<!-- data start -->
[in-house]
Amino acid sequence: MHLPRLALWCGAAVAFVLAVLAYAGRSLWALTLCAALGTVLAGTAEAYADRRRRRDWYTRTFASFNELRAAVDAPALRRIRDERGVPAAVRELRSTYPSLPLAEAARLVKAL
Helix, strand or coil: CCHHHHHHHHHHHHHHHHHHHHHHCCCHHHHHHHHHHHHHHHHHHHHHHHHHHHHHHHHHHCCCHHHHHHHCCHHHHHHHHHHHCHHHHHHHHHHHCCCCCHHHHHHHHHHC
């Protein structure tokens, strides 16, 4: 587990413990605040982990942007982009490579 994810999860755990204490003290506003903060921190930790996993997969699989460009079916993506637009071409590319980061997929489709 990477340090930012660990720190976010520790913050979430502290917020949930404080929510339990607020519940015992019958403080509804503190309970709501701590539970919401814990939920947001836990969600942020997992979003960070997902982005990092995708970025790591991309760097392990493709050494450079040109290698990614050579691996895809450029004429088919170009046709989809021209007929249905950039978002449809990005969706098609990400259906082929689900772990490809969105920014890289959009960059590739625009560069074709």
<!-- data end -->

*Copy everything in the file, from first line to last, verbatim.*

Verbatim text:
[in-house]
Amino acid sequence: MHLPRLALWCGAAVAFVLAVLAYAGRSLWALTLCAALGTVLAGTAEAYADRRRRRDWYTRTFASFNELRAAVDAPALRRIRDERGVPAAVRELRSTYPSLPLAEAARLVKAL
Helix, strand or coil: CCHHHHHHHHHHHHHHHHHHHHHHCCCHHHHHHHHHHHHHHHHHHHHHHHHHHHHHHHHHHCCCHHHHHHHCCHHHHHHHHHHHCHHHHHHHHHHHCCCCCHHHHHHHHHHC
């Protein structure tokens, strides 16, 4: 587990413990605040982990942007982009490579 994810999860755990204490003290506003903060921190930790996993997969699989460009079916993506637009071409590319980061997929489709 990477340090930012660990720190976010520790913050979430502290917020949930404080929510339990607020519940015992019958403080509804503190309970709501701590539970919401814990939920947001836990969600942020997992979003960070997902982005990092995708970025790591991309760097392990493709050494450079040109290698990614050579691996895809450029004429088919170009046709989809021209007929249905950039978002449809990005969706098609990400259906082929689900772990490809969105920014890289959009960059590739625009560069074709």